Art Is Our Voice is an exhibition showcasing the creative work of refugees and people seeking asylum in Australia. The exhibition has been organised by Settlement Services International (SSI) in conjunction with University of Sydney Amnesty International and Amnesty International’s ARTillery project, with the support of Verge Gallery, run by The University of Sydney Union.
SSI CEO Violet Roumeliotis said the exhibition would give artists from communities often marginalised in our society the opportunity to present their stories to the world.
“The exhibition will give voice to people who are too often spoken for and about by others,” Ms Roumeliotis said.
“By presenting their work to the community, these 15 visual artists from Iran, Iraq, Egypt and Sri Lanka can show their skills and express their creativity.
“Most of these artists have worked professionally in their countries of origin in a range of media that include, painting, sculpting, photography, and as jewelers and engravers.
“We hope this exhibition will not only showcase their talents but help the artists make new connections in the community that will help them pursue their art here in Australia.”
Of special interest at the exhibition will be the work of ‘coffee artist’ Masoud Akhava Ghassabzadeh. Coffee art is practiced by artists who have spent time in detention centres. With no access to paints or other materials, asylum seekers in detention began using instant coffee mixed with water to paint with.
Masoud taught himself to paint with coffee while in detention and he has said he still prefers the look of the medium over other materials now that he lives in the community.
“My inspirations for painting were all those dark days that I experienced while staying at different detention centres for over 12 months,” he said. “I used to imagine the sun was crying for people who were locked up, with no freedom, inside the detention centre.”
Another artist exhibiting is Victor Youssef, 72, from Egypt, who has been in Australia less than 12 months.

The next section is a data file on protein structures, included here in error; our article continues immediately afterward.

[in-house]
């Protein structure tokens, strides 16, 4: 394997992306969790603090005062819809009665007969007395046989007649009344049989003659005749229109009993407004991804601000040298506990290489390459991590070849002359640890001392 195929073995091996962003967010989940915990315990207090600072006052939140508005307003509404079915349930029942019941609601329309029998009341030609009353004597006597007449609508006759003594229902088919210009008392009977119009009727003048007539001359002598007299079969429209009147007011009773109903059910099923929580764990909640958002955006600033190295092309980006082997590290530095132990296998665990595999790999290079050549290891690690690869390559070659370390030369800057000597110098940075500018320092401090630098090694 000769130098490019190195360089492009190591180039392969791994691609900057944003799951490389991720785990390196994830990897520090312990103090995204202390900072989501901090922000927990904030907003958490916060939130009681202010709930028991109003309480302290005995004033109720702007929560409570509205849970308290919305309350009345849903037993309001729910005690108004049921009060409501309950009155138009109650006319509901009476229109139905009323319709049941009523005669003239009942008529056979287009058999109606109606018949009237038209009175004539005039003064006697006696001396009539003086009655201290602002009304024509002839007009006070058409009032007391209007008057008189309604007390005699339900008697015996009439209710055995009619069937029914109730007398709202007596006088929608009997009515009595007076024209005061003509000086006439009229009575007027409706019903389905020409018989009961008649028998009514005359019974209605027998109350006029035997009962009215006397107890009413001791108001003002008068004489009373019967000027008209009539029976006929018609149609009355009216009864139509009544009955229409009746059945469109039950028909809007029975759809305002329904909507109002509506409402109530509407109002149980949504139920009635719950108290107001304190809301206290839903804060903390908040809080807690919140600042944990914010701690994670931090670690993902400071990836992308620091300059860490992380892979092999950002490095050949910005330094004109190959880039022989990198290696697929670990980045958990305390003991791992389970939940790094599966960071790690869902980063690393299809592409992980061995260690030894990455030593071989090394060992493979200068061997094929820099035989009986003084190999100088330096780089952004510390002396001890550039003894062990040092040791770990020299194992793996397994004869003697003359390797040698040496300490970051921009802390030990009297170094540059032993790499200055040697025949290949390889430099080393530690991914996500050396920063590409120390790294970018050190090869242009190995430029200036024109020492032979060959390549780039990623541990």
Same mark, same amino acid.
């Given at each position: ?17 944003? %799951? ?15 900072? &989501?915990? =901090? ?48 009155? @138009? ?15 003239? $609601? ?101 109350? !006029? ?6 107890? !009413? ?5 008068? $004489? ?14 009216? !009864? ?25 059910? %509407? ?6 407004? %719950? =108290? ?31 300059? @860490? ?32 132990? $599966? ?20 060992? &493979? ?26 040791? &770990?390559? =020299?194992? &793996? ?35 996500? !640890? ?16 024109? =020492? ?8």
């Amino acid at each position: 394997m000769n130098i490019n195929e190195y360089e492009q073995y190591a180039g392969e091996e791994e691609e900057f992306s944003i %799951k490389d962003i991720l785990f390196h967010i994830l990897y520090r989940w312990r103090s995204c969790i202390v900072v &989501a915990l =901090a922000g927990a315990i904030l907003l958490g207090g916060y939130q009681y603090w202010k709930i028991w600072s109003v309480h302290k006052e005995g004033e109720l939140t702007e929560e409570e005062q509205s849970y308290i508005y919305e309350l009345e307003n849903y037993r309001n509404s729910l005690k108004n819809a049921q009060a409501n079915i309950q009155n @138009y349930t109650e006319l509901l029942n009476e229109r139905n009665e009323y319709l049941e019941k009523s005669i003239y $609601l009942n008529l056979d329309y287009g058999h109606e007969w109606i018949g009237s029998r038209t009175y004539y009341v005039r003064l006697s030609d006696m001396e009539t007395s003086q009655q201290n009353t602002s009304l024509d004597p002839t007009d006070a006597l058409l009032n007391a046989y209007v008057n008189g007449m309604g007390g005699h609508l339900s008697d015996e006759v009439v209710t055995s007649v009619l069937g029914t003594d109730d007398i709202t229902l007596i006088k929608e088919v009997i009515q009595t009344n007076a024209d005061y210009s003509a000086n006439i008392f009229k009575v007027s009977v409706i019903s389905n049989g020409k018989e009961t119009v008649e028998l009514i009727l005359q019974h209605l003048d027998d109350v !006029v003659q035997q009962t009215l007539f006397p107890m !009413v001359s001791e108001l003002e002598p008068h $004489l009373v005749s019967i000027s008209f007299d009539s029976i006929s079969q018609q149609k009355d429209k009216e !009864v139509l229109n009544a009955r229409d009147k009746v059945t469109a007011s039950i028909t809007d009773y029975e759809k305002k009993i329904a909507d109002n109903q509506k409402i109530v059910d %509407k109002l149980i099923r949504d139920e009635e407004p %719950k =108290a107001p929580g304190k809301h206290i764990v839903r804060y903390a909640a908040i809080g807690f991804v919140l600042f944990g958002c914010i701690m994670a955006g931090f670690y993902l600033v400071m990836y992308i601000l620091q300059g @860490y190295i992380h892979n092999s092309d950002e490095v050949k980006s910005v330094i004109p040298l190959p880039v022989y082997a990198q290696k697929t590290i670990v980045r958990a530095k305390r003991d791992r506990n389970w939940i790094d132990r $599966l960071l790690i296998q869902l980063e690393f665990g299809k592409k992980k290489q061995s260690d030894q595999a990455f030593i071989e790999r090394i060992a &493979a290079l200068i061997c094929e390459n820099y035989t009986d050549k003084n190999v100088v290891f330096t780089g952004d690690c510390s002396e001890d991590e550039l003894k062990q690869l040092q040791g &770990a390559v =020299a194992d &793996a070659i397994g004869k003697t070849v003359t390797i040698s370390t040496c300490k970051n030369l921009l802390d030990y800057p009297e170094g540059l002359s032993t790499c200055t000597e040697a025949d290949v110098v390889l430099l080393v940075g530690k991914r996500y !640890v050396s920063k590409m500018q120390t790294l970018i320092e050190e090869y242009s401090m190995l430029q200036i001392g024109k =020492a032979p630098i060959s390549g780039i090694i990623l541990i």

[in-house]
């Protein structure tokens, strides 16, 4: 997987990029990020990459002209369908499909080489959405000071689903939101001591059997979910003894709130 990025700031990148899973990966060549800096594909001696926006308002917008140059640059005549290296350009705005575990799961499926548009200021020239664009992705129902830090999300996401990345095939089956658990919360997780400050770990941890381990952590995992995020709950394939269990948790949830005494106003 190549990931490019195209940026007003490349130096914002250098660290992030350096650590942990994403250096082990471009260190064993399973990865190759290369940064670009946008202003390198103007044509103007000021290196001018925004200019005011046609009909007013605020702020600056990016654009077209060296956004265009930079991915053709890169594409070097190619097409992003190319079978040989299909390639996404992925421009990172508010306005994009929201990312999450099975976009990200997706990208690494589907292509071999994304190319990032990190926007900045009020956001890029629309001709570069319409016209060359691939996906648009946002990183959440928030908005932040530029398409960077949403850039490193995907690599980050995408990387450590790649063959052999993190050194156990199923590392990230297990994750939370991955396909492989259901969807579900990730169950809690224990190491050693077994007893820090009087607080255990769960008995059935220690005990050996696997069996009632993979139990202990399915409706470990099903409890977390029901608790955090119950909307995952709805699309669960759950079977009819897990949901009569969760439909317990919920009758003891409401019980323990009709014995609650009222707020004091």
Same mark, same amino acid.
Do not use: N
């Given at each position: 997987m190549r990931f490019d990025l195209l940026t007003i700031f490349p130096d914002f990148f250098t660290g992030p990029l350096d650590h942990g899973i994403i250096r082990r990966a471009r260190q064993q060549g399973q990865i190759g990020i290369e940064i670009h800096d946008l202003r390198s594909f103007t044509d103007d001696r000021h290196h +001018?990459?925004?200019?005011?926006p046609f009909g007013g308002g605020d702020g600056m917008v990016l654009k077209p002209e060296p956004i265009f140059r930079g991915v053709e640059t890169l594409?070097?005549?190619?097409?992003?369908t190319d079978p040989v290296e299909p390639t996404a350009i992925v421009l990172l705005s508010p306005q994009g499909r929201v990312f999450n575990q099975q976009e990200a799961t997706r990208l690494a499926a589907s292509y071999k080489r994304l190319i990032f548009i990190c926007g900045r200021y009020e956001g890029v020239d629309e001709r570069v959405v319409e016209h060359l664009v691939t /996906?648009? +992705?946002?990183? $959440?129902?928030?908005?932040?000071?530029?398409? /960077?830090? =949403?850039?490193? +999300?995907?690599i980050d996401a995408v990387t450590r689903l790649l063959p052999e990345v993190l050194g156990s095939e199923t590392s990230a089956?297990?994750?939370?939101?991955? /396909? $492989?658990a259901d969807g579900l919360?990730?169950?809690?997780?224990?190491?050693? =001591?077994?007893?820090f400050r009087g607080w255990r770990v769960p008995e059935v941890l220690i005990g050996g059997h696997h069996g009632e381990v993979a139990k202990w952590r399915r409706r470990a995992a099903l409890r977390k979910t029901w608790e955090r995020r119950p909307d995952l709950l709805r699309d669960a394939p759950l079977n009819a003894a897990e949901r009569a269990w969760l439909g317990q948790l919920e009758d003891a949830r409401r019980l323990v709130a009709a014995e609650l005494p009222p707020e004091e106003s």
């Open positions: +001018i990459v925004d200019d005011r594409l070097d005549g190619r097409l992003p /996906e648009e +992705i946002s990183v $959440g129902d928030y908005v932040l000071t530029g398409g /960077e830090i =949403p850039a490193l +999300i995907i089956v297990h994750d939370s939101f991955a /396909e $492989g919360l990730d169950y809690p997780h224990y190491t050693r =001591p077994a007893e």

Victor has brought a collection of work made by etching images into copper sheets with him to Australia that he hopes to sell so he can rent a studio space. The images include a reproduction of the Mona Lisa, Jesus and the Virgin Mary and pharaohs. His work is displayed in churches in the USA, Italy and Egypt.
“If I sell this here, it will change my life,” Victor said. “I like Australia very much, that is why I would like to make something here that is better than I have ever done before.”
Other artists exhibiting work are:
- Atefeh Hekmat: Iran, oil painting;
- Babak Jahangirzadeh: Iran, oil painting;
- Bassam Jabar: Iraq, glass carving;
- Damon Agha Mohammad Bagher: Iran, photography;
- Hayder Shakir Al Bdairi: Iraq, mixed media;
- Homa Nozari: Iran, photography;
- Lutheskumar Sinnathurai: Sri Lanka, oil painting;
- Madhi Jahangirzadeh: Iran, oil painting;
- Masoud Akhava Ghassabzadeh: Iran, coffee painting;
- Mohammad Reza Fattah: Iran, acrylic painting and drawing;
- Mohammed AlanezIraq, photography;
- Othman Omar Kareem: Iraq, drawing;
- Sefullah Akbari: Iraq, oil painting;
- Thasangan Sasitharan: Sri Lanka, oil painting;
- Victor Youssef: Egypt, copper etching.
Details: The Art is Our Voice exhibition is on at the Verge Gallery, Jane Foss Russell Plaza, University of Sydney, Darlington, 10am to 5pm, Monday to Saturday, from May 14 to 22.
SSI Online Communications Coordinator, Callan Lawrence, 0478 156 491, or, 02 8799 6746
SSI Marketing and Communications Manager, Angela Calabrese 0401 284 828